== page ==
sooner (CR).

• The CR will start to occur BEFORE the US.

• The CS allows the body to PREPARE for (or adapt to) the US.

(behaviors are measures, stimuli are learned)


The earliest models assumed that the CS takes the place of
the US. However, this substitution model was too simplistic.

• The CS generally never attains the same strength as the US.

• ****The CR doesn’t always match the US.
--> CR is training you to prepare for the US


The CR doesn’t always match the US.

Obal (1966)

− showed that administering the drug dinitrophenol (US) caused an increase in oxygen consumption and increased temperature (UR).

− The body wants to maintain homeostasis, so will counteract the effects of the drug.

− The syringe is a cue for the drug (CS), so when a placebo is administered, the CR is a decrease in oxygen consumption and decrease in body temperature.

− In this framework, the CR is the opposite of the UR and is


The compensatory response model uses this adaptive
role to explain drug tolerance.

• Needles, smells, and settings act as the CS during drug use. They predict the arrival of the drug, so the body prepares to counteract the effects (CR).

• It had been observed that heroin overdoses often occur in
unusual settings (Gutierrez-Cebollada et al., 1994).

• > 50% of heroin addicts admitted to the hospital for overdoses had taken their last dose in an unusual location (no CS).

• Other addicts admitted for reasons unrelated to the drug took their last dose in the usual location.

• The setting (CS) had increased tolerance (CR) to the heroin (US).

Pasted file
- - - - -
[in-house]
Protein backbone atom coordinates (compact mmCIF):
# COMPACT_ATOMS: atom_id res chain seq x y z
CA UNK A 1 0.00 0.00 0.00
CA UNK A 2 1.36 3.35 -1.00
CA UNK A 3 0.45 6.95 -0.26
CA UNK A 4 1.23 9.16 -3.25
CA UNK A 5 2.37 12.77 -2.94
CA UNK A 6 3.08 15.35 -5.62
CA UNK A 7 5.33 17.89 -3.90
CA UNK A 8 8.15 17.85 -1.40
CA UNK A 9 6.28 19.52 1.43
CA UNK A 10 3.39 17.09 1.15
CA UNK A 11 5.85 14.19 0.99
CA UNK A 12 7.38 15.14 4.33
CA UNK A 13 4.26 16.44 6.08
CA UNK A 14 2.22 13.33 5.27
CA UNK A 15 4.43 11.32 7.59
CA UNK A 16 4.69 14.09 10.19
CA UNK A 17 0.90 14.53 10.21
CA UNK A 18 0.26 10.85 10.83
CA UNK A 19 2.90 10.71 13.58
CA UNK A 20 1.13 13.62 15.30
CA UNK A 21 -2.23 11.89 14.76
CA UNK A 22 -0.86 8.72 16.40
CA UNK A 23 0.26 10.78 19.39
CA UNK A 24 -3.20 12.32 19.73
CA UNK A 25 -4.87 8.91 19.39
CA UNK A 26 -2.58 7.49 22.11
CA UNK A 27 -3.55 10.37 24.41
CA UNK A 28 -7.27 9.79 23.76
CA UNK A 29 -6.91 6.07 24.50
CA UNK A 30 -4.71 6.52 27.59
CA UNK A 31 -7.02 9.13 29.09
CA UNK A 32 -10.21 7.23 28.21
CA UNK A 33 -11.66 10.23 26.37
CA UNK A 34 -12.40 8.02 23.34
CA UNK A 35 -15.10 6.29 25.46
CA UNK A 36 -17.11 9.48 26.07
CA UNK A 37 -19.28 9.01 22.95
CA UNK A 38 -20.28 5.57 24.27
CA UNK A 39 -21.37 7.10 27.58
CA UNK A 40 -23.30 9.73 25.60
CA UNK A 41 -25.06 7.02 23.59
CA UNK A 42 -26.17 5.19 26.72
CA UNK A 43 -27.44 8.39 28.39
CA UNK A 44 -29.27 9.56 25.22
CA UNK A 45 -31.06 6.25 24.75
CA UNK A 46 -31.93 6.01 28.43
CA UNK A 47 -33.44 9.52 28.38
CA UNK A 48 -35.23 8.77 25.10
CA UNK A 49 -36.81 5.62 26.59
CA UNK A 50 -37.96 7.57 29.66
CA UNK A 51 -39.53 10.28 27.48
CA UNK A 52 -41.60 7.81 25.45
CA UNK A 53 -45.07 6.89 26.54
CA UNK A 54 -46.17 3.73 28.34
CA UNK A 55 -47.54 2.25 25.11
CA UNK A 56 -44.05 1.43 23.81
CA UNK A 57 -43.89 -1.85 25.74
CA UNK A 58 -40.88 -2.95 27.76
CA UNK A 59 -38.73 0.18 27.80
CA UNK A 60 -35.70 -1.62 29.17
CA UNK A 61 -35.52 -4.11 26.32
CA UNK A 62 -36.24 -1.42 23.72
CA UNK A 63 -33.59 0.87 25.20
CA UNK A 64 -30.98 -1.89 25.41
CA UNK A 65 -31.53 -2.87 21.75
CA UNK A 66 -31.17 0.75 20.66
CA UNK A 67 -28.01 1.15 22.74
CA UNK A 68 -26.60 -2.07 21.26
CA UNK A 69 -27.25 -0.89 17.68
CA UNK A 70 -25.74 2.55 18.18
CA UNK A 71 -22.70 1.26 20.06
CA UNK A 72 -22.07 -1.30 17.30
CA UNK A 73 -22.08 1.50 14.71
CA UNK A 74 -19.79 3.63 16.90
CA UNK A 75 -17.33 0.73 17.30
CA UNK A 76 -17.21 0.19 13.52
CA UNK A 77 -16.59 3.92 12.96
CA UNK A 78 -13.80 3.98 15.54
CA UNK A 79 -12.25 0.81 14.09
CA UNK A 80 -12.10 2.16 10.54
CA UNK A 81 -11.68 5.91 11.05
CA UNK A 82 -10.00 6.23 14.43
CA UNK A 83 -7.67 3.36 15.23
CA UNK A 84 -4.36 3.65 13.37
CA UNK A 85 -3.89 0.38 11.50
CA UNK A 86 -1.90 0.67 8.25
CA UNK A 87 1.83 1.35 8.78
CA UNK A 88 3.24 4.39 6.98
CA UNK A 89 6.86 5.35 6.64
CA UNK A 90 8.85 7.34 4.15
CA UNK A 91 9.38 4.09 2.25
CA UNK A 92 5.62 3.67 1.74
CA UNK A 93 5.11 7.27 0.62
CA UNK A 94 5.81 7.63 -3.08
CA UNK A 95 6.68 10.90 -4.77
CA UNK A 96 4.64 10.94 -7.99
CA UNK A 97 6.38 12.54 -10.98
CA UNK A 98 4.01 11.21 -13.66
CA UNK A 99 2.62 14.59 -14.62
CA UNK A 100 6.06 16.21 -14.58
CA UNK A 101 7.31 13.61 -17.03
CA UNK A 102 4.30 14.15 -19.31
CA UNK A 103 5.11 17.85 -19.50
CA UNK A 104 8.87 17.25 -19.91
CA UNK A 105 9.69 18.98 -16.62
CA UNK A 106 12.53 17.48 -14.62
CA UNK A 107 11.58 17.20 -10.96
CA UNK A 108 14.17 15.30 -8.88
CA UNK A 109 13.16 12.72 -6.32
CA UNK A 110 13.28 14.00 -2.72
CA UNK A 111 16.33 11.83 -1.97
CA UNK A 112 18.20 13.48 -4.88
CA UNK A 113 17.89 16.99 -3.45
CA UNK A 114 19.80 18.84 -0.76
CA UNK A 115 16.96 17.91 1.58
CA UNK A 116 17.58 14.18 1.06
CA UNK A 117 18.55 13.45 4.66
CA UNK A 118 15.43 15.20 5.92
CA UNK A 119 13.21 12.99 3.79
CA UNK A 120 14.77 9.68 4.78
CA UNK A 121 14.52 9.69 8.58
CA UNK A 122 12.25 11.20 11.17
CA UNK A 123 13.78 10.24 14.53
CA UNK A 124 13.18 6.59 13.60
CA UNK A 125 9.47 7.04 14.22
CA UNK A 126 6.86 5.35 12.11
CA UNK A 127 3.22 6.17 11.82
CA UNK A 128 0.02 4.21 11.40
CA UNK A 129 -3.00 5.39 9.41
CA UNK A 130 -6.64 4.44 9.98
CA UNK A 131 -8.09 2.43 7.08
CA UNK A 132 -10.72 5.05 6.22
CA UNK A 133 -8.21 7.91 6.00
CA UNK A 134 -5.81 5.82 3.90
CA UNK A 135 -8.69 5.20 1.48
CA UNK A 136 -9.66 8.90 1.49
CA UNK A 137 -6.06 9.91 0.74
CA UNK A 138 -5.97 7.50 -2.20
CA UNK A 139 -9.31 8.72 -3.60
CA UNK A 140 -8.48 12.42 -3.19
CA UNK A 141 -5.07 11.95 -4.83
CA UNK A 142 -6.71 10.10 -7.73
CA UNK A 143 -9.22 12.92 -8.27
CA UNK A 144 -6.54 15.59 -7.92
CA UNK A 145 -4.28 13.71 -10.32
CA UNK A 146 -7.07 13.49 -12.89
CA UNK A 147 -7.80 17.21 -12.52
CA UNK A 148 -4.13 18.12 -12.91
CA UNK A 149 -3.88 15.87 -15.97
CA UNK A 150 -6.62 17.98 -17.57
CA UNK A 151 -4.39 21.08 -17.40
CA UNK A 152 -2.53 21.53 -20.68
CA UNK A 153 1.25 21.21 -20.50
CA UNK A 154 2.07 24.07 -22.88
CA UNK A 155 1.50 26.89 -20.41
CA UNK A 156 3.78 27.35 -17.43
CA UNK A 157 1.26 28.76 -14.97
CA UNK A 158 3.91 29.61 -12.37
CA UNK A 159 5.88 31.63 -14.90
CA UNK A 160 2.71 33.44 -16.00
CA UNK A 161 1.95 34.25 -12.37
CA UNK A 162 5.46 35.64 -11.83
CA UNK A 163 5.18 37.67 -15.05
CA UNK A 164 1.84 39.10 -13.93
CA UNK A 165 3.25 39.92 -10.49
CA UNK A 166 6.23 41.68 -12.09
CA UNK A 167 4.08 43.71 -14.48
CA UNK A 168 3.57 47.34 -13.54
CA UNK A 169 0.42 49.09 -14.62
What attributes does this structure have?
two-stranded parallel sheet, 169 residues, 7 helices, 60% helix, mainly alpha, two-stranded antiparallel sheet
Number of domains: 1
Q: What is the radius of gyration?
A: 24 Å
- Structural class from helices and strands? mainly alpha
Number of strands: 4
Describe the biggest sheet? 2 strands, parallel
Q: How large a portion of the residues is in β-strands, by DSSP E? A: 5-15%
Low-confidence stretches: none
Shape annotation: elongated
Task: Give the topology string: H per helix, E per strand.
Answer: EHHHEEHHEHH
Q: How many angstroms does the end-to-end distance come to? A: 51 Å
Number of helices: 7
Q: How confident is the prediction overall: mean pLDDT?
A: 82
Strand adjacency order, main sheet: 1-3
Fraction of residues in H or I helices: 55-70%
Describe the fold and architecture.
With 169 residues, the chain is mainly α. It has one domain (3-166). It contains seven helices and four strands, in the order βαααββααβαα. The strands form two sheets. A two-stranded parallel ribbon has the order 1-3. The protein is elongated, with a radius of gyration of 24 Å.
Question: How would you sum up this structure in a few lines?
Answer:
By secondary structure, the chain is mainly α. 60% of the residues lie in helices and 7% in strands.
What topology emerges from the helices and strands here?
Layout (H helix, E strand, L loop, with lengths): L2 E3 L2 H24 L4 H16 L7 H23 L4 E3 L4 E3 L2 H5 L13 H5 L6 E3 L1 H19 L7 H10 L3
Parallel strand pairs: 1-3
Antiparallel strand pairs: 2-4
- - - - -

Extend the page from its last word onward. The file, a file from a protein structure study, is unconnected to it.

• It has been suggested that overcoming drug addictions might involve extinguishing the CR to drug paraphernalia (CS).

(also use extinction)


Thompson (1986)

Biological model for classical conditioning

• discovered that damage in the cerebellum could
permanently prevent new classically conditioned responses and eliminate old responses:

• This was based on patients for cerebellar lesions.

• Single cell recordings from the cerebellum have helped establish how classical conditioning is developed and retained.


what part of the brain is important for associative learning?

the cerebellum!


The CS -> US association seems to be implemented in two areas of the cerebellum:

• In the interpositus nucleus, activity increases after the CS and is correlated with the CR, before the US.

• Purkinje cells are inhibited after the CS and before the US.


CS predicts



the conditioning trace, the association, is developed and RETAINED in

the cerebellum


lesions in the cerebellum?

ppl can lose previous condition and are unable to achieve new classical conditioning